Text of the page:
You are a township or city with a population between 5,000 and 1,000,000+ people. You have a town water utility. You are thinking about possible ways to save money AND provide better air and water-treatement quality (ie. Quality of life) to your citizens.
Look no further than biodiesel and the example set by Daphne Utilities of Daphne, AL.
Daphne, AL. is a town with a population of 22,000 people and growing. There are approximately 2 people per household, so their utility department has a customer base of approximately 10,000. Back in 2004, Daphne Utilities(See there Testimonial) started to get fed up with the amount of maintenance money the town was spending on keeping the sewage system clean from FOGs (fats, oils and grease).
Daphne Utilities did a study and determined that if each of their customers were to dump a teaspoon of used cooking grease down their drain just once a day, that would be the equivalent of one person pouring 7 fifty-five gallon drums of cooking oil into the sewer system once per month. The two scenarios are equivalent. (If you were to see someone remove a manhole cover and dump that much cooking grease into your town’s sewage system, you might consider reporting a crime).
To address the problem head-on, Daphne Utilities launched a used cooking oil recycling program dubbed “Cease the Grease” in early 2004. The goal of the program is to directly target oil and grease in residential home use and change people’s cooking and clean up methods to limit damage to sewers.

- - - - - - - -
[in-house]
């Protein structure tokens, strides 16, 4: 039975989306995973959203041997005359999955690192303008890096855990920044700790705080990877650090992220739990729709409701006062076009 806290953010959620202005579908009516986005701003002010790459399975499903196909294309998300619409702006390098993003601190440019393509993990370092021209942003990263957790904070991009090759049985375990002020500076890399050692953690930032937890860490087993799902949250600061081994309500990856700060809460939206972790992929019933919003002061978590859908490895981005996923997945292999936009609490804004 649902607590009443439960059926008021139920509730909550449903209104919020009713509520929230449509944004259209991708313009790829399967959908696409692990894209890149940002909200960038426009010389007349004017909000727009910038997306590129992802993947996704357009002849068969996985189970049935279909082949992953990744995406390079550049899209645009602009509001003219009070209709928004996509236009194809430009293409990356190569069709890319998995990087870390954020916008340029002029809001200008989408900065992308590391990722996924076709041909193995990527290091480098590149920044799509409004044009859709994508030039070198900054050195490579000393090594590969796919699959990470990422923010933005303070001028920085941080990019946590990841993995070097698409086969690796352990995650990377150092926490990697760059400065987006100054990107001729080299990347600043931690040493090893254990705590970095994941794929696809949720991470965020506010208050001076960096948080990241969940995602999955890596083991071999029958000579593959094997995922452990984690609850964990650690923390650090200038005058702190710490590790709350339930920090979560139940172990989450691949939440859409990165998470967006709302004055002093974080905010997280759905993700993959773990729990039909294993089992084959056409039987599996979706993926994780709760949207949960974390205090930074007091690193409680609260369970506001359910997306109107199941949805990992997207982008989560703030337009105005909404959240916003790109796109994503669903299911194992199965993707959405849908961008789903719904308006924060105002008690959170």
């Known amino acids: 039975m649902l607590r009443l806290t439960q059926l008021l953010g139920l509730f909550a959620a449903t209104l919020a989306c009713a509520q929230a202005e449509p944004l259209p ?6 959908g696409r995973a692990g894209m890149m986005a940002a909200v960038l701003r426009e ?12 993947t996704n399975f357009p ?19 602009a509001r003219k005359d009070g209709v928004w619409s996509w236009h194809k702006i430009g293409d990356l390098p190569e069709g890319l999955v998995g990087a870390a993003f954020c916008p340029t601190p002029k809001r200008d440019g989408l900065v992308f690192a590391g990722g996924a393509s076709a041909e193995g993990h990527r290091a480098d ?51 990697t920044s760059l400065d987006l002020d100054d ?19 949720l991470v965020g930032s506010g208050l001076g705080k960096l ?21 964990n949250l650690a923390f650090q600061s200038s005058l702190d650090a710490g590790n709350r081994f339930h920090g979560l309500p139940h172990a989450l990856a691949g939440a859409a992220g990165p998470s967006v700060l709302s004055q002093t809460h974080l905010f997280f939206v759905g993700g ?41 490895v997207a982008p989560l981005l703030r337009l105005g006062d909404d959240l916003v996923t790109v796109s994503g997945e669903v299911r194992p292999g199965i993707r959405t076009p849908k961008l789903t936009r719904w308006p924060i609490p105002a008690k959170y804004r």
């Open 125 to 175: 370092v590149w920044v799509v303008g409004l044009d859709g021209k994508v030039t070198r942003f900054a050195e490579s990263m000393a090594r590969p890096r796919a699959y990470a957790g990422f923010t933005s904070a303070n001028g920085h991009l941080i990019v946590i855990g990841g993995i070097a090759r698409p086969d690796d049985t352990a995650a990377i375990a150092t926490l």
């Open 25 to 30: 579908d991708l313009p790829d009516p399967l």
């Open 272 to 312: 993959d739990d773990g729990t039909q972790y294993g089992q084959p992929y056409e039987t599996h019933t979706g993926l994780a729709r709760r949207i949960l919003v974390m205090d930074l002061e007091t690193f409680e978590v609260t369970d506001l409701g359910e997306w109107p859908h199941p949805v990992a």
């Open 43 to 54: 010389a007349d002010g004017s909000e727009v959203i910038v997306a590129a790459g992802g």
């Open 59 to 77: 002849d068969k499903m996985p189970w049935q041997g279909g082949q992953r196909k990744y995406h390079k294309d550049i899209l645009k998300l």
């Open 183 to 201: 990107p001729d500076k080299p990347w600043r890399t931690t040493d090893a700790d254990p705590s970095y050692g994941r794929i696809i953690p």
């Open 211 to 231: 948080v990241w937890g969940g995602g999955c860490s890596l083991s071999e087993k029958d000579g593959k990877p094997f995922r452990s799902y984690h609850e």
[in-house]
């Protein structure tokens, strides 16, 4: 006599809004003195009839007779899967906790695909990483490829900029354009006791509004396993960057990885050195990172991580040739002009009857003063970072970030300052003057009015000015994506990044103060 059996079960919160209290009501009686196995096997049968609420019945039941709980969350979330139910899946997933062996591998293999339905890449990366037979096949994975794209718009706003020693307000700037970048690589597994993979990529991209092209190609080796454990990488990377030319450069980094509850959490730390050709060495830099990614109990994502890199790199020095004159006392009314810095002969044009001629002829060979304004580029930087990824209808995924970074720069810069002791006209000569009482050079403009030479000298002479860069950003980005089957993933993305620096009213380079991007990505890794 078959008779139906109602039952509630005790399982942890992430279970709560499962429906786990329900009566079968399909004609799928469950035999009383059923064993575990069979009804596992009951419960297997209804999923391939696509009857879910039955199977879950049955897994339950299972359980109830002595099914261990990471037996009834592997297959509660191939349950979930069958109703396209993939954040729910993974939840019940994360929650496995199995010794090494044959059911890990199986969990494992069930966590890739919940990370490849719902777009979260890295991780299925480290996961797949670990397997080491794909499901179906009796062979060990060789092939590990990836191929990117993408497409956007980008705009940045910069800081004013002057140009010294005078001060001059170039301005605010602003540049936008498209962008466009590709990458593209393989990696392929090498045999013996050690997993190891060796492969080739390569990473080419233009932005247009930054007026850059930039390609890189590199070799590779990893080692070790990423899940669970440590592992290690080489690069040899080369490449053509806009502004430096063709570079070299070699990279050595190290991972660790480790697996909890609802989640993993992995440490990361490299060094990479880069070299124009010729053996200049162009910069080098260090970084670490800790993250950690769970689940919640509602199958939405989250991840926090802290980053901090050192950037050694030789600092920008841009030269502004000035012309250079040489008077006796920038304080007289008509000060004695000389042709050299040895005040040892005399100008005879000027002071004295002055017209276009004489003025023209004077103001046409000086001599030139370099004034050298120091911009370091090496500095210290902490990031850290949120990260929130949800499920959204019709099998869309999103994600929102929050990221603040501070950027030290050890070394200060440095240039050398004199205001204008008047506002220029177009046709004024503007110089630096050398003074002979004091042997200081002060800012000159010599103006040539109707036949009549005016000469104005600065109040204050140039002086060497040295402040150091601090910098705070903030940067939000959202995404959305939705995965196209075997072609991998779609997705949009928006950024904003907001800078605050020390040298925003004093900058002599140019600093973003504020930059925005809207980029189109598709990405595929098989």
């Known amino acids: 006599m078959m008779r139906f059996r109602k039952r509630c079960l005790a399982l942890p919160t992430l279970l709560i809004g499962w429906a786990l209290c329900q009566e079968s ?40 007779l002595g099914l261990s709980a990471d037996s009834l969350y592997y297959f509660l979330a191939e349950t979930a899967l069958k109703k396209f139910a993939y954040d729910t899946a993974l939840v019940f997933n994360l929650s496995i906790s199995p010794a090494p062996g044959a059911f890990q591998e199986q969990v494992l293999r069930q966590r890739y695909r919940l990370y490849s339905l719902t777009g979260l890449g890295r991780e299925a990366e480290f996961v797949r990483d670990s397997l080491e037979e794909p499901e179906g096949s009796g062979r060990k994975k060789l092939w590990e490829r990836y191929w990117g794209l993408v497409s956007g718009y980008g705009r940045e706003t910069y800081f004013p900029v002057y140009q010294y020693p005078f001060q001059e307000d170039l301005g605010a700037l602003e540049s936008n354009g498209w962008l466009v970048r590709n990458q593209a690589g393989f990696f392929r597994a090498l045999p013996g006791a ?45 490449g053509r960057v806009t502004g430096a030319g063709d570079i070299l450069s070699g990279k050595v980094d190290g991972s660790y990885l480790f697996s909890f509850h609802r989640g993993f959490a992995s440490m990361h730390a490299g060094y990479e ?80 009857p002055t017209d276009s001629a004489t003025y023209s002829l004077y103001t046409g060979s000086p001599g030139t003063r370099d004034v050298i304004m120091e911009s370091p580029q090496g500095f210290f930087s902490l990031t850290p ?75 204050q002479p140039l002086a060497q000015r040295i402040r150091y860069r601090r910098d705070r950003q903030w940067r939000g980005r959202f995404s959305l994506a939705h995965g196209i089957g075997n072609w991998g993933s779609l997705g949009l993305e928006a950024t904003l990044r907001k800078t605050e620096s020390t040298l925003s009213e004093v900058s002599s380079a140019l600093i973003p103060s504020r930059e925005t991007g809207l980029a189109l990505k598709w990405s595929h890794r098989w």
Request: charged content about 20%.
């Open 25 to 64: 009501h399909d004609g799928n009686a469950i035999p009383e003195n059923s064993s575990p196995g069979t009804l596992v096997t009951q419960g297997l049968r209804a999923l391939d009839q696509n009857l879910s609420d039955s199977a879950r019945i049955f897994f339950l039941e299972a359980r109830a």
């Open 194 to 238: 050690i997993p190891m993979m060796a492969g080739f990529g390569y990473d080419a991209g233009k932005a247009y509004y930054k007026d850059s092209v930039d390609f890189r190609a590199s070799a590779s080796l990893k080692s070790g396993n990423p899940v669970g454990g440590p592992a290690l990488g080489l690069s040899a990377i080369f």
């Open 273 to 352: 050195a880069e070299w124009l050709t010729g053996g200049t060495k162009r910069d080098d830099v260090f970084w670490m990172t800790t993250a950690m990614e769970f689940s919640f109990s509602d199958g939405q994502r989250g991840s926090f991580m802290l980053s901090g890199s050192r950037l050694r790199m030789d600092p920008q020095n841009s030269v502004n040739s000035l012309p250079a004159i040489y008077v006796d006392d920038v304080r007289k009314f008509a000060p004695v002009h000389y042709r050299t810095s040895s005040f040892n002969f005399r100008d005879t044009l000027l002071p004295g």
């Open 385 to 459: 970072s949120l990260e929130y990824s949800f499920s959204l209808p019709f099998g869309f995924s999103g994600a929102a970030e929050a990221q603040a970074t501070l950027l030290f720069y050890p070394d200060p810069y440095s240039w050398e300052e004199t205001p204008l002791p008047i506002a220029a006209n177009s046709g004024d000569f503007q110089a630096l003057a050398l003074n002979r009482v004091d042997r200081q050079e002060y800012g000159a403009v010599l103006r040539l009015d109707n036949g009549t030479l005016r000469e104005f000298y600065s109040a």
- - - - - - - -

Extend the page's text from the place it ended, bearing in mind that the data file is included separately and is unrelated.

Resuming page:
Recycling stations are set up around the city – at gas stations, convenience stores, grocery stores, apartment complex laundry rooms and mailboxes, super stores and utility offices. Used oil containers are also distributed and cleaned after every use. Cost of jug: Approximately $1.
The results are impressive; they collect 300-500 gallons per month. (Sewer spills and grease blockages in the sewer system drop by 40% over the next four years.)
It starts to build up until, in 2005, they discover biodiesel. They experiment with a lot of methods of making it until they hear about Springboard Biodiesel’s fully-automated BioPro™ biodiesel processor.
They purchase a machine in 2007. The rest is well documented history:
Daphne Utilities General Manager Rob McElroy writes:
“One of the greatest benefits biodiesel provides however is its ability to connect with the customer and get them excited about recycling used cooking oil so that the sewers and treatment plant processes are improved. This fact simply cannot be overstated: The customer holds the power to improve the sewer system. Getting him to want to do so is the responsibility of every Utility.”
A long list of other cities and municipalities that have started similar biodiesel programs continues to grow. From The City of York, AL to San Francisco, CA. Please contact Springboard Biodiesel if you’d like more information.